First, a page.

Marine Protected Areas' Social-Ecological Systems

Full Title

Solving the mystery of marine protected area performance: Linking governance, conservation, ecosystem services and human well being


Marine ecosystem services, including fisheries, coastal protection, and marine tourism, play a critical role in the economies of many developing countries, contributing to livelihoods and food security for millions, even as threats to healthy oceans increase. Marine protected areas (MPAs) are key strategies for sustaining the delivery of critical marine ecosystem services, but recent reviews have revealed wide variation in ecological and social outcomes. Our SESYNC Pursuit is an interdisciplinary research initiative to compile, integrate, and analyze governance, biophysical, and social data from MPAs across the globe. We are piloting methods and approaches for this work as we collate and synthesize relevant social, ecological, and biophysical secondary data. Awareness of the importance of marine ecosystem services is growing, as is the recognition that better governance of social-ecological systems is critical to sustainability.

Our interdisciplinary collaborative research team (CRT) will uncover the links between MPA governance and ecosystem structure, function, and services. We will develop and widely distribute an open-source MPA monitoring database to MPA managers, who often struggle to effectively store, manage, process, and analyze monitoring data, especially in developing countries. Widespread adoption of this database would establish a new standard for increasingly rigorous monitoring of MPAs, empowering MPA managers and fostering adaptive management. Through the synthesis of existing information that links MPA governance, ecosystem services, and human well-being, novel insights will emerge that advance fundamental scientific knowledge and inform local-to-global policy and practice.

We are initially piloting methods and approaches for this work in two areas:

  1. The science underpinning the “reserve effect” of MPAs is well developed, but there has been no analysis of how management input to MPAs affects, or does not affect, biological outcomes in terms of species trends within similar reserves. Under UNEP-WCMC and IUCN’s WCPA-SSC Joint Task Force on Biodiversity and Protected Areas, work has been done to address this question in the terrestrial realm, but so far no attempt has been made to specifically link assessments of the outcomes of MPAs (e.g., marine species response data) to their scores on disparate management assessment information for MPAs (e.g., METT/PAME scorecards). This project will expand techniques and expertise developed with the terrestrial assessment to critically evaluate, adapt, and apply these methods to the marine environment, linking freshly collated and up-to-date species and management information. This is an important element of the "effectiveness debate" and is an urgent priority to address in the lead up to the 5th World Parks Congress that will be held in Australia in November 2014.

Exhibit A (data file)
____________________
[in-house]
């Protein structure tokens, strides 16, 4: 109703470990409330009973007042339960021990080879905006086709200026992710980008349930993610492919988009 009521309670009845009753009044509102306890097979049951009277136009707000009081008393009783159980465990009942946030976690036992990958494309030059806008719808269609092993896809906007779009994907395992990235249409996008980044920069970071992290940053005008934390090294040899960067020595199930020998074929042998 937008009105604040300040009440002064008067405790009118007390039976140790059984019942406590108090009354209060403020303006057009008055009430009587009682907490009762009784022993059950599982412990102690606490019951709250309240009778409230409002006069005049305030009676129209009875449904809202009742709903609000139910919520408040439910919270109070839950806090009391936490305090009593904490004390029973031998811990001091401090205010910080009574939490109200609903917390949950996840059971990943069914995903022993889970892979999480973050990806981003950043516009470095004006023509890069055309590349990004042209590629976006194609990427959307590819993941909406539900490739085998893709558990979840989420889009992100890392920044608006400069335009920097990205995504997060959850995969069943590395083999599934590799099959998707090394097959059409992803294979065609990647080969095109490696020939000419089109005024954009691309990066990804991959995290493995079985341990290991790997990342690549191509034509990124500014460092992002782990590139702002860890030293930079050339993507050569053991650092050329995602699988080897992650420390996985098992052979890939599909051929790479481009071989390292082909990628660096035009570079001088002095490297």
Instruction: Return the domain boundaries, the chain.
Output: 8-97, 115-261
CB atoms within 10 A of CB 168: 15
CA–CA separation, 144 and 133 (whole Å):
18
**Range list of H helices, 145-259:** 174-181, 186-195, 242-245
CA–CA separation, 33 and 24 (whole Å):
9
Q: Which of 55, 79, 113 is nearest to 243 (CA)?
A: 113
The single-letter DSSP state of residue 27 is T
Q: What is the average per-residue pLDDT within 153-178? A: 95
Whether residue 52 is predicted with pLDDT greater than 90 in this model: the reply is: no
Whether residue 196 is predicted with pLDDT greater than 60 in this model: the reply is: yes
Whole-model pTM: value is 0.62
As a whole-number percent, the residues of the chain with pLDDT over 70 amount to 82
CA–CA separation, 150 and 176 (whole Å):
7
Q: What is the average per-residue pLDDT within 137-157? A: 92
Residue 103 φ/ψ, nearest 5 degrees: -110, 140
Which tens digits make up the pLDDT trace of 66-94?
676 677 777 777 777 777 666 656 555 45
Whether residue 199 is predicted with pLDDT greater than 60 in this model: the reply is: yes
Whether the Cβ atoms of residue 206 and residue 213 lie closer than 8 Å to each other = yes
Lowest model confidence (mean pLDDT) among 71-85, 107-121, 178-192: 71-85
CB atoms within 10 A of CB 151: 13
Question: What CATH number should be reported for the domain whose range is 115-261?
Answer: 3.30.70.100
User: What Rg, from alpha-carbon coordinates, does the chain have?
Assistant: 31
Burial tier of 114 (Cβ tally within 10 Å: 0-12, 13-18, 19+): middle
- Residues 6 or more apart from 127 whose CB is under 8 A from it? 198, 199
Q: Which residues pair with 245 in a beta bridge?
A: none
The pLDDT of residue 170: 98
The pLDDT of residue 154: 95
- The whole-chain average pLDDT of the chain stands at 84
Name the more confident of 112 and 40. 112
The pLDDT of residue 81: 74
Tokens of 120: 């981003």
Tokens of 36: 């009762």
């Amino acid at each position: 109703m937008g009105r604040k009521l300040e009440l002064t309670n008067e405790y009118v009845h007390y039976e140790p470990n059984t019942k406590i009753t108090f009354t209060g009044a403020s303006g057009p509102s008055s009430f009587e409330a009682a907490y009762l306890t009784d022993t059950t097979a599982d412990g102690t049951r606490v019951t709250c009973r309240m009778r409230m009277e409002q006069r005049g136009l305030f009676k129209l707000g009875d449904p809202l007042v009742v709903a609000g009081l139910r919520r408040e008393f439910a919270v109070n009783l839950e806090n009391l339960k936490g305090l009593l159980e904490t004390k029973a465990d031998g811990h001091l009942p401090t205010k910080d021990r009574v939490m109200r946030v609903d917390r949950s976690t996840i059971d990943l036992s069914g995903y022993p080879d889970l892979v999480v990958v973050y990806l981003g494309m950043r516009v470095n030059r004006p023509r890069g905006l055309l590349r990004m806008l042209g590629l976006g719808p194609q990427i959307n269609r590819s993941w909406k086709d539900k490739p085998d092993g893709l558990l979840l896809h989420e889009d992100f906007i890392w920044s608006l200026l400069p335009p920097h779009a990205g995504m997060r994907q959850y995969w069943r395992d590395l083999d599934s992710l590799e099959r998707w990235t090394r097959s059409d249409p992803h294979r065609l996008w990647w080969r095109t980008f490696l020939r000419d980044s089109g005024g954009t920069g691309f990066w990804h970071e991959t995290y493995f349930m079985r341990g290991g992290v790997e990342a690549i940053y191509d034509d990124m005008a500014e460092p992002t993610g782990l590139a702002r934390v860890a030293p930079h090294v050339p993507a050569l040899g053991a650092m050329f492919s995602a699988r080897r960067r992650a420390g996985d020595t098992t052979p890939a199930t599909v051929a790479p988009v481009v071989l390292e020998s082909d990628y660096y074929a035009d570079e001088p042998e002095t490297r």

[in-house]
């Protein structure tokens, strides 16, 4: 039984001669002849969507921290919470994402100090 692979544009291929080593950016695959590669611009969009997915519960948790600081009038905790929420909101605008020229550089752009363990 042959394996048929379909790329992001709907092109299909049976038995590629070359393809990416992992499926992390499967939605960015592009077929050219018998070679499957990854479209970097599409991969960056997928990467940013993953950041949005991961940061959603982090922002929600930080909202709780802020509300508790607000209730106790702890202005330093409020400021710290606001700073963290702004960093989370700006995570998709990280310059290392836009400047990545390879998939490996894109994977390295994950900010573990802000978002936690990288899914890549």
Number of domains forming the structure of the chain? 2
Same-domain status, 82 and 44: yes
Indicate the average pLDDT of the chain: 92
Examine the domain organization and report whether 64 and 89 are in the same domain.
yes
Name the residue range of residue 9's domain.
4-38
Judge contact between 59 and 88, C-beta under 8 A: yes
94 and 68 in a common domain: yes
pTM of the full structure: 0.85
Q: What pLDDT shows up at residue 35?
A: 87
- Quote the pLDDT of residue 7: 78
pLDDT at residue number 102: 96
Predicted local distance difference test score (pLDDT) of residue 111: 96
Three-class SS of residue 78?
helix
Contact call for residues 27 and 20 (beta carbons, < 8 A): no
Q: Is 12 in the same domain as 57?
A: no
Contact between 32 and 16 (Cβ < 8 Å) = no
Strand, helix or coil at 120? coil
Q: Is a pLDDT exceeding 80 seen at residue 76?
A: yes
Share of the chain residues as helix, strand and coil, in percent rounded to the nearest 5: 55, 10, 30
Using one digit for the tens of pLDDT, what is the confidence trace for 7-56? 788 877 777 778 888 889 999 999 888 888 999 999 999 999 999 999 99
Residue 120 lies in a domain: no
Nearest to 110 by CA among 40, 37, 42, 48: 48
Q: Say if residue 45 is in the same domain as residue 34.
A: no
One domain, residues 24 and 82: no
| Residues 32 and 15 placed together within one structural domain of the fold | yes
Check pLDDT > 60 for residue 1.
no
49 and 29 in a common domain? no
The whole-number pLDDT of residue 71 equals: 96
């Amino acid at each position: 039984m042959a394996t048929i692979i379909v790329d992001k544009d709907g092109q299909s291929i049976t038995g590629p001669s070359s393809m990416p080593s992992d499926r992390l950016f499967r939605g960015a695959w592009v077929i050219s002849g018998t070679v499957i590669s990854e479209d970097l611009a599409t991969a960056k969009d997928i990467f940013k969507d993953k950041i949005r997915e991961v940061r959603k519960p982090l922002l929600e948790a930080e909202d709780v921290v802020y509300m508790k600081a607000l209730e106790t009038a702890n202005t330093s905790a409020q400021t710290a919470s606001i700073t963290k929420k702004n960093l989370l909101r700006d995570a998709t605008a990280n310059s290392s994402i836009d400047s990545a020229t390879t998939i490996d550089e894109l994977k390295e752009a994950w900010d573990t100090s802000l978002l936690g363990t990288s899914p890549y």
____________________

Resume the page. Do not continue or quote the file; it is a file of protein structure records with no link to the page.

2. In the Greater Caribbean we anticipate easier access to interdisciplinary data. We will crosswalk among governance, management assessment, social, ecological, and biophysical data to identify sites with data in common, collate and synthesize relevant social, ecological, and biophysical secondary data, and conduct basic statistical analyses to document and explore the relationship between marine resource governance, management assessments (effectiveness), and ecological outcomes. We anticipate scientific insights emerging that shed light on the role marine ecosystem services, including fisheries, coastal protection, and marine tourism play in the economies, livelihoods, and food security for the Greater Caribbean and elsewhere.  We also anticipate insights from this case study to inform the larger effort.

Our Pursuit participants span various professions, institutions, ethnicities, and career levels, including representatives from academic, governmental, non-governmental, and private sectors. Their diverse backgrounds include biologists and ecologists, anthropologists, economists and other social scientists, and database and decision support specialists.


Project Type
Team Synthesis Project
Principal Investigators
Helen Fox, National Geographic
Robert Pomeroy, University of Connecticut
Michael Mascia, Conservation International
Arun Agrawal, IFRI, University of Michigan
Gabby Ahmadia, WWF
Megan Barnes, University of Hawaii
Xavier Basurto, Duke University
Gonzalo Cid, NOAA
Ian Craigie, James Cook University
Emily Darling, University of North Carolina at Chapel Hill
Chris Free, Rutgers University
Ruth Gates, University of Hawaii
Jonas Geldmann, University of Copenhagen
Louise Glew, WWF
Anne Henshaw, Oak Foundation
Nur "Ismu" Hidayat, Conservation International-Indonesia
Susie Holst, NOAA
Olaf Jensen, Rutgers University
Sarah Lester, UC Santa Barbara
Wen Liang, University of Michigan
Caleb McClennen, Wildlife Conservation Society
Patrick McConney, University of the West Indies
Peter Mumby, University of Queensland
Mateja Nenadovic, Duke University
Nasser Olwero, WWF
John Parks, Marine Management Solutions LLC
Maria Pena, University of the West Indies
Estradivari Sant, WWF
Carly Strasser, Moore Foundation
Hannah Thomas, World Conservation Monitoring Centre
Michael Webster, Coral Reef Alliance
Alan White, Coral Triangle Program
Sarah Whitmee, University College London
Stephen Woodley, International Union for Conservation of Nature
Carina Wyborn, WWF

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